If you want to see the state of the GOP these days take a gander at Alabama Republican Gov. Kay Ivey. Asked about her vote for Senate she had this to say:

I’m going to cast my ballot on December the 12th, and I do believe the nominee of the party is the one I’ll vote for. I believe in the Republican Party, what we stand for, and most important, we need to have a Republican in the United States Senate to vote on things like the Supreme Court justices, other appointments the Senate has to confirm and make major decisions. So that’s what I plan to do, vote for Republican nominee Roy Moore.

So, she doesn’t believe the women, right? Nope. She said: “I certainly have no reason to disbelieve any of them. The timing is a little curious. But at the same time, I have no reason to disbelieve them.” So, what does she think of the conduct he is accused of committing? “There’s never an excuse for or rationale for sexual misconduct or sexual abuse. It bothers me.” But not enough to put someone she concedes may be a child sex predator in the U.S. Senate. Because … well the courts! Tax cuts!

This is on a par with what White House press secretary Sarah Huckabee Sanders (who makes one pine for Sean Spicer, who showed discomfort in lying), said about the difference between President Trump — accused by about 20 women of sexual abuse and groping — and Sen. Al Franken (D-Minn.): “I think in one case, specifically, Sen. Franken has admitted wrongdoing and the president hasn’t. I think that’s a very clear distinction.” That would not be a distinction you’d normally offer: My guy is going to lie, deny he ever did anything and trash the women accusers so don’t hold him accountable.

Post opinion writers Ruth Marcus, Jennifer Rubin and Quinta Jurecic discuss the political implications of the allegations against Roy Moore and Sen. Al Franken. (The Washington Post)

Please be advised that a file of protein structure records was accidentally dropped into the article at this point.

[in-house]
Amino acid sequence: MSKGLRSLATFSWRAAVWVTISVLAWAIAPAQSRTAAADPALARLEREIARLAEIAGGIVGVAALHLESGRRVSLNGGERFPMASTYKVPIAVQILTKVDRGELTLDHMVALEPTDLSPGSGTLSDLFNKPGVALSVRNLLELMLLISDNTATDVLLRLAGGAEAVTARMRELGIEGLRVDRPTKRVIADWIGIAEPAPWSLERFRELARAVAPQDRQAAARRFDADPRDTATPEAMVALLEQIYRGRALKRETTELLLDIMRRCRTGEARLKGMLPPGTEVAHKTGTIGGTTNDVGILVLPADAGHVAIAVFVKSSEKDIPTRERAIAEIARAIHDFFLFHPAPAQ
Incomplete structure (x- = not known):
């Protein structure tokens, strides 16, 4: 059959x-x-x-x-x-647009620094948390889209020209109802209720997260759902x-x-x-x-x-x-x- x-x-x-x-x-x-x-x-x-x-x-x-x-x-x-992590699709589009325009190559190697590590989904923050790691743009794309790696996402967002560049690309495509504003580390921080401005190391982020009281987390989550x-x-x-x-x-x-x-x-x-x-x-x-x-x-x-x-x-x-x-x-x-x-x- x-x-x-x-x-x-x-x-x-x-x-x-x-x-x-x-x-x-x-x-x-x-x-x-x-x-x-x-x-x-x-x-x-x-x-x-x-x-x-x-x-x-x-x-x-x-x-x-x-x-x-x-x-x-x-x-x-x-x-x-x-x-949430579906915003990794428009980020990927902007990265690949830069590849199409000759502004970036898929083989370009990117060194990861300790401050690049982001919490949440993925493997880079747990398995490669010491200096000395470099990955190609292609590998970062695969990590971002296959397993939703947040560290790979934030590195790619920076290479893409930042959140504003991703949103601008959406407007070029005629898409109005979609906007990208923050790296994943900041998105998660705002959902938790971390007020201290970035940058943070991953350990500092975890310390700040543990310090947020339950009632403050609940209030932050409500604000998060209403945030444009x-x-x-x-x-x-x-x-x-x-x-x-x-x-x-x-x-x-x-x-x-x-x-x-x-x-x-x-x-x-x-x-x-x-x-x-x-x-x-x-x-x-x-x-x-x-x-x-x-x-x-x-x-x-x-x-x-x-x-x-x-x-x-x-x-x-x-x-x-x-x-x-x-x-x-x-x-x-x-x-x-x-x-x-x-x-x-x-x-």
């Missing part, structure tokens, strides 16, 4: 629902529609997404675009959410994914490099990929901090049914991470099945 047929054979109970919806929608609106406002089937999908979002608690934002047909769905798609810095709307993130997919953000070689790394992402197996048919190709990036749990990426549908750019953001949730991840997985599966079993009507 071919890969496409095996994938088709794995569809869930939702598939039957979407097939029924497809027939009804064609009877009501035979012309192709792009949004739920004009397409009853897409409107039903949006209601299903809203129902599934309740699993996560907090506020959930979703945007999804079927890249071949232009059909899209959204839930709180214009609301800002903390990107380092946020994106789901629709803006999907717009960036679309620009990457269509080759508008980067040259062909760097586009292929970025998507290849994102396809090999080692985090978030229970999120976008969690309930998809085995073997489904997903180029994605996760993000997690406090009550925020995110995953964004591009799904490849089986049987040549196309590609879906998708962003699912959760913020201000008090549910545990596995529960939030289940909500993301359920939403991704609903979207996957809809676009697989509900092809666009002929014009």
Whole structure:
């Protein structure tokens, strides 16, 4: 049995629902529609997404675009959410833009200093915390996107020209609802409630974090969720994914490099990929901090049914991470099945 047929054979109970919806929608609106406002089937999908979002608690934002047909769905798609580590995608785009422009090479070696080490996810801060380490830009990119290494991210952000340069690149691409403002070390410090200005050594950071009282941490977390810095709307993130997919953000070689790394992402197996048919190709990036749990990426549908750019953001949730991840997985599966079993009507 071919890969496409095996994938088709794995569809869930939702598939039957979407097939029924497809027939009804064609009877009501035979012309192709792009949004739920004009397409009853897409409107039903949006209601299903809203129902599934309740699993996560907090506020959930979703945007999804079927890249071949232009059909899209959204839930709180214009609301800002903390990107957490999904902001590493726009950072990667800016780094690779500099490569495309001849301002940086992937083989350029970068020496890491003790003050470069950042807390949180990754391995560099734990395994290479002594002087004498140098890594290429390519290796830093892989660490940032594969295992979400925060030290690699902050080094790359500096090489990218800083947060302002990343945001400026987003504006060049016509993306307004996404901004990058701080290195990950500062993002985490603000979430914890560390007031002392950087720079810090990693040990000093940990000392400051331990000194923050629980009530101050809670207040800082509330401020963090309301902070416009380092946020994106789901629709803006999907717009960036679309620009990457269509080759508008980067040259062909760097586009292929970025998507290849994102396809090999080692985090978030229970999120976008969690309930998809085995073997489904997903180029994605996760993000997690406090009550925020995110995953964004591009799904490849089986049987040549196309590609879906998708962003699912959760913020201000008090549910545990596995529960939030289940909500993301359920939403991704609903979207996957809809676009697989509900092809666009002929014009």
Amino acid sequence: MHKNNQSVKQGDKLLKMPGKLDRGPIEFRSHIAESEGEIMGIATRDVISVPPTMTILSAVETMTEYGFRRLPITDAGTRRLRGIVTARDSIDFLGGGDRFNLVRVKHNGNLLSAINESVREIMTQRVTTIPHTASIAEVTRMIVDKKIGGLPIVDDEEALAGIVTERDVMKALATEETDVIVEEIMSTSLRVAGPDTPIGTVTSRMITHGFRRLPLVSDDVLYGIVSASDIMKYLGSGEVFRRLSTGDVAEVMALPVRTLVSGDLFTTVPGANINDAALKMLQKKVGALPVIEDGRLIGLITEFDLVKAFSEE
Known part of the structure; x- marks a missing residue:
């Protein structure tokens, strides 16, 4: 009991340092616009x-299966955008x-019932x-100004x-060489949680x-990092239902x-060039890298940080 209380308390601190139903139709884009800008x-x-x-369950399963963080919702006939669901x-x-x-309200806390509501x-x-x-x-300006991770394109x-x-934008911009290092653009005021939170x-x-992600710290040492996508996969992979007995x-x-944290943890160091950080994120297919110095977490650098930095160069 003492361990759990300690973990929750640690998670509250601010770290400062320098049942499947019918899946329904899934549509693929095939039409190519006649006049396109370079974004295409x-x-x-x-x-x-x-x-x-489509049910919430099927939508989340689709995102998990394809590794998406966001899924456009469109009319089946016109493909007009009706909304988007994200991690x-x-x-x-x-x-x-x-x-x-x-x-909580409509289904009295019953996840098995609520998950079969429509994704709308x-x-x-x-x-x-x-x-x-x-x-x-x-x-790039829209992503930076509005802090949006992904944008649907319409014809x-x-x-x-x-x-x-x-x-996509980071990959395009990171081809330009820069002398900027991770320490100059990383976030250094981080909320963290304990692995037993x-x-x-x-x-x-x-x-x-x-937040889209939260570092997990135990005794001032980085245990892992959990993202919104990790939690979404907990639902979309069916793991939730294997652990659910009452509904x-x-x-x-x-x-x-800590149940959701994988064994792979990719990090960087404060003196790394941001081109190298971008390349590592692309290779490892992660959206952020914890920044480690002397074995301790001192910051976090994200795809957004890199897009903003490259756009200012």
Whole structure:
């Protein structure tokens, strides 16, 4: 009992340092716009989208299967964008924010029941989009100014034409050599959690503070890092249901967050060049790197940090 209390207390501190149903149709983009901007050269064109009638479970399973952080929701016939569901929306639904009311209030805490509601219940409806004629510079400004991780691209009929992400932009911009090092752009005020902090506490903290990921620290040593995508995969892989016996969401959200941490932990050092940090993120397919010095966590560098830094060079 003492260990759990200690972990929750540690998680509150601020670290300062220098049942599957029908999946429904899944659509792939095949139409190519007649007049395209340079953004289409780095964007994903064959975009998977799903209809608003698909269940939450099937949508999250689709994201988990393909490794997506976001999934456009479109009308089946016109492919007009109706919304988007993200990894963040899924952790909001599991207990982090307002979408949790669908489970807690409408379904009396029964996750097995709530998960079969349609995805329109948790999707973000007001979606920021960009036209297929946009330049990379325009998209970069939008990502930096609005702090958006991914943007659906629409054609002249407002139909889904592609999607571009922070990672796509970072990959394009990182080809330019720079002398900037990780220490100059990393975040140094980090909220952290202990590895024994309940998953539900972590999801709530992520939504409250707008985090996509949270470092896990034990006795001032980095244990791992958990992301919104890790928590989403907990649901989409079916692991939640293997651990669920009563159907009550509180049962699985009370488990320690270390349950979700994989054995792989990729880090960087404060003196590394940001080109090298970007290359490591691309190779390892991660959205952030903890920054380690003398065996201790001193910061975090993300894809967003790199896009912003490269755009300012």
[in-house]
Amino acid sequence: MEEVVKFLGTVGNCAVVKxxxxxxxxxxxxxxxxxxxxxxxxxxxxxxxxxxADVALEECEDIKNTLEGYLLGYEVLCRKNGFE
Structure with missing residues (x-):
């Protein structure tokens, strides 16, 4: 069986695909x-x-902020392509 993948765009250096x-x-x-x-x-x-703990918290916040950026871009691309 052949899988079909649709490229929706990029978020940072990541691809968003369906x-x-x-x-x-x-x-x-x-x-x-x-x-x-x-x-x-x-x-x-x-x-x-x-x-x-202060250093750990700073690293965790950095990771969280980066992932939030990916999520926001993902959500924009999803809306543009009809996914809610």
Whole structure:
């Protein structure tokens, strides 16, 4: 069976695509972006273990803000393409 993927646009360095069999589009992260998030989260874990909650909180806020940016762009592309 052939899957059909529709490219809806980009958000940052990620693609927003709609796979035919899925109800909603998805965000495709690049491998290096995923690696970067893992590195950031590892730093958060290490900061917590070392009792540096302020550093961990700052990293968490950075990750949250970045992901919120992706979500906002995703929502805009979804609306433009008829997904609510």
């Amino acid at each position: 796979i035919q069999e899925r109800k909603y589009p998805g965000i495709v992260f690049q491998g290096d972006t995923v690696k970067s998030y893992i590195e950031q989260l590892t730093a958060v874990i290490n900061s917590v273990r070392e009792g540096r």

Both of these women and First Daughter Ivanka Trump, who envisions Moore in a “special place in hell,” but defends her father as a feminist, demonstrate that amorality, tribal blindness and intellectual dishonesty are not the sole province of men — even when it comes to alleged assaults on other women.

Ivey says she believes in what the Republican Party stands for. That would be supporting alleged child predators for office? Electing liars (she believes the women, not Moore’s denial) to the Senate? This is the final result of years of win-at-all-cost politics in which no evil (child molestation? murder?) compares to the “evil” of electing a perfectly competent, patriotic member of the other party to office.

When I think of a group that might be called, “Republicans Against Predators in Elections” (or whatever), you realize that would now be seen as controversial, an attack on the president. And that’s the nub of the problem.

“No party is immune from evil; no tribe has a monopoly of good,” writes Andrew Sullivan. “If these bipartisan sex-abuse revelations can begin to undermine the tribalism that so poisons our public life, to reveal that beneath the tribes, we are all flawed and human, they may not only be a long-overdue turning point for women. They may be a watershed for all of us.” We should be so lucky.

Republicans will tell your they support Moore and Trump as vehicles to policy goals. That assumes (falsely) that their policy goals are noble when they are actually unrealistic, unpopular, inconsistent and unconservative. Run up the debt, say the fiscal hawks. Take away health-care coverage, say the GOP “reformers.” Ban Muslims, round up Dreamers and slash legal immigration say the “Constitutional conservatives” and “market capitalists.” Worst of all: Vote for “values,” say the charlatans who backed Trump.

In truth, the goals these Republicans care about, if they ever did, have long ago been sublimated (they certainly changed them entirely) to the goal of holding power, of winning. When that is the highest calling they’ll vote for alleged child predators, racists and just about anyone else with an “R” next to his or her name. The result is moral chaos, political malfeasance and gross incompetence. And a President Trump.

Alabama voters grapple with disillusionment and disbelief as the Senate election between Republican Roy Moore and Democrat Doug Jones approaches. (Jordan Frasier/The Washington Post)